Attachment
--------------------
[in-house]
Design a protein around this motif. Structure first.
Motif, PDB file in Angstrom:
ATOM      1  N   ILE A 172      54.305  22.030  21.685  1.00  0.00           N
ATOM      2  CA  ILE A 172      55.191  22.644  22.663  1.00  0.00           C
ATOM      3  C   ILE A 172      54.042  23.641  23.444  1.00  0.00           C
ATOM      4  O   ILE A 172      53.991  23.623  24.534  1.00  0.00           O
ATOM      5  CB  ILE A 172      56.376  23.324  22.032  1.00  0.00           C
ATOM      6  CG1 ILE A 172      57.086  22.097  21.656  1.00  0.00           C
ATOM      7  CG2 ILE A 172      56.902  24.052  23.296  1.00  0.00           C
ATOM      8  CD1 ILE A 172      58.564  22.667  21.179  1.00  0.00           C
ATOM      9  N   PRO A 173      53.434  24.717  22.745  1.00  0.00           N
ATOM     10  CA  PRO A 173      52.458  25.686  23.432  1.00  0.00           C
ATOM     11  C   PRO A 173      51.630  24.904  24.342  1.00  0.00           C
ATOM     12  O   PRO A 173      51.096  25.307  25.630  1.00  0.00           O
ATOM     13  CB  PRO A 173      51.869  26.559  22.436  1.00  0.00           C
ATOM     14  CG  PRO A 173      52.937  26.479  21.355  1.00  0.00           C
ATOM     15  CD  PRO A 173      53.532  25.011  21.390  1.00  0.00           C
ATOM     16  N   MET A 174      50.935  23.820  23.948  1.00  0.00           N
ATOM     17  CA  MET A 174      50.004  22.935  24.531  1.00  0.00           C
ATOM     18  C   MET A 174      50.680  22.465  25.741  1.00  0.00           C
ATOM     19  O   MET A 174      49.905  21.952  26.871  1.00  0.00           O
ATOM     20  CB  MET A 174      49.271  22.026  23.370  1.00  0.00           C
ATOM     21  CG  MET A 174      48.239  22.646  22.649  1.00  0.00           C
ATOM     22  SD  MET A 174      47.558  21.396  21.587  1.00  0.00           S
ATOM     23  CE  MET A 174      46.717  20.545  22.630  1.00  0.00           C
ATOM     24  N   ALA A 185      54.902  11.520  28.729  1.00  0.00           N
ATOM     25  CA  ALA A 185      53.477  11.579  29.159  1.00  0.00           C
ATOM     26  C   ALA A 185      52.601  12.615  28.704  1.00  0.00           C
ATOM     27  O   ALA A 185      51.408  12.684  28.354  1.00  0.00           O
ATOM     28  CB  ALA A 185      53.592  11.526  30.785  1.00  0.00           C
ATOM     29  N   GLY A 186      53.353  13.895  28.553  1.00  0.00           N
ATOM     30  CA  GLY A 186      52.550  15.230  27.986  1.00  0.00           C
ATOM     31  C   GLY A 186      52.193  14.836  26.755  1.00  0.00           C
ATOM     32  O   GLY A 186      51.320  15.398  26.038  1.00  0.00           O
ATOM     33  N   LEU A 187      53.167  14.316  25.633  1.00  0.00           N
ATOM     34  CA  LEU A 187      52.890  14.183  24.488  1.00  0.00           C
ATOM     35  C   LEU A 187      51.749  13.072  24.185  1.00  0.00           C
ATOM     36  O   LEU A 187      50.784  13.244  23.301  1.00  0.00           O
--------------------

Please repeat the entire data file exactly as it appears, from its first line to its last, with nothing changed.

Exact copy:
[in-house]
Design a protein around this motif. Structure first.
Motif, PDB file in Angstrom:
ATOM      1  N   ILE A 172      54.305  22.030  21.685  1.00  0.00           N
ATOM      2  CA  ILE A 172      55.191  22.644  22.663  1.00  0.00           C
ATOM      3  C   ILE A 172      54.042  23.641  23.444  1.00  0.00           C
ATOM      4  O   ILE A 172      53.991  23.623  24.534  1.00  0.00           O
ATOM      5  CB  ILE A 172      56.376  23.324  22.032  1.00  0.00           C
ATOM      6  CG1 ILE A 172      57.086  22.097  21.656  1.00  0.00           C
ATOM      7  CG2 ILE A 172      56.902  24.052  23.296  1.00  0.00           C
ATOM      8  CD1 ILE A 172      58.564  22.667  21.179  1.00  0.00           C
ATOM      9  N   PRO A 173      53.434  24.717  22.745  1.00  0.00           N
ATOM     10  CA  PRO A 173      52.458  25.686  23.432  1.00  0.00           C
ATOM     11  C   PRO A 173      51.630  24.904  24.342  1.00  0.00           C
ATOM     12  O   PRO A 173      51.096  25.307  25.630  1.00  0.00           O
ATOM     13  CB  PRO A 173      51.869  26.559  22.436  1.00  0.00           C
ATOM     14  CG  PRO A 173      52.937  26.479  21.355  1.00  0.00           C
ATOM     15  CD  PRO A 173      53.532  25.011  21.390  1.00  0.00           C
ATOM     16  N   MET A 174      50.935  23.820  23.948  1.00  0.00           N
ATOM     17  CA  MET A 174      50.004  22.935  24.531  1.00  0.00           C
ATOM     18  C   MET A 174      50.680  22.465  25.741  1.00  0.00           C
ATOM     19  O   MET A 174      49.905  21.952  26.871  1.00  0.00           O
ATOM     20  CB  MET A 174      49.271  22.026  23.370  1.00  0.00           C
ATOM     21  CG  MET A 174      48.239  22.646  22.649  1.00  0.00           C
ATOM     22  SD  MET A 174      47.558  21.396  21.587  1.00  0.00           S
ATOM     23  CE  MET A 174      46.717  20.545  22.630  1.00  0.00           C
ATOM     24  N   ALA A 185      54.902  11.520  28.729  1.00  0.00           N
ATOM     25  CA  ALA A 185      53.477  11.579  29.159  1.00  0.00           C
ATOM     26  C   ALA A 185      52.601  12.615  28.704  1.00  0.00           C
ATOM     27  O   ALA A 185      51.408  12.684  28.354  1.00  0.00           O
ATOM     28  CB  ALA A 185      53.592  11.526  30.785  1.00  0.00           C
ATOM     29  N   GLY A 186      53.353  13.895  28.553  1.00  0.00           N
ATOM     30  CA  GLY A 186      52.550  15.230  27.986  1.00  0.00           C
ATOM     31  C   GLY A 186      52.193  14.836  26.755  1.00  0.00           C
ATOM     32  O   GLY A 186      51.320  15.398  26.038  1.00  0.00           O
ATOM     33  N   LEU A 187      53.167  14.316  25.633  1.00  0.00           N
ATOM     34  CA  LEU A 187      52.890  14.183  24.488  1.00  0.00           C
ATOM     35  C   LEU A 187      51.749  13.072  24.185  1.00  0.00           C
ATOM     36  O   LEU A 187      50.784  13.244  23.301  1.00  0.00           O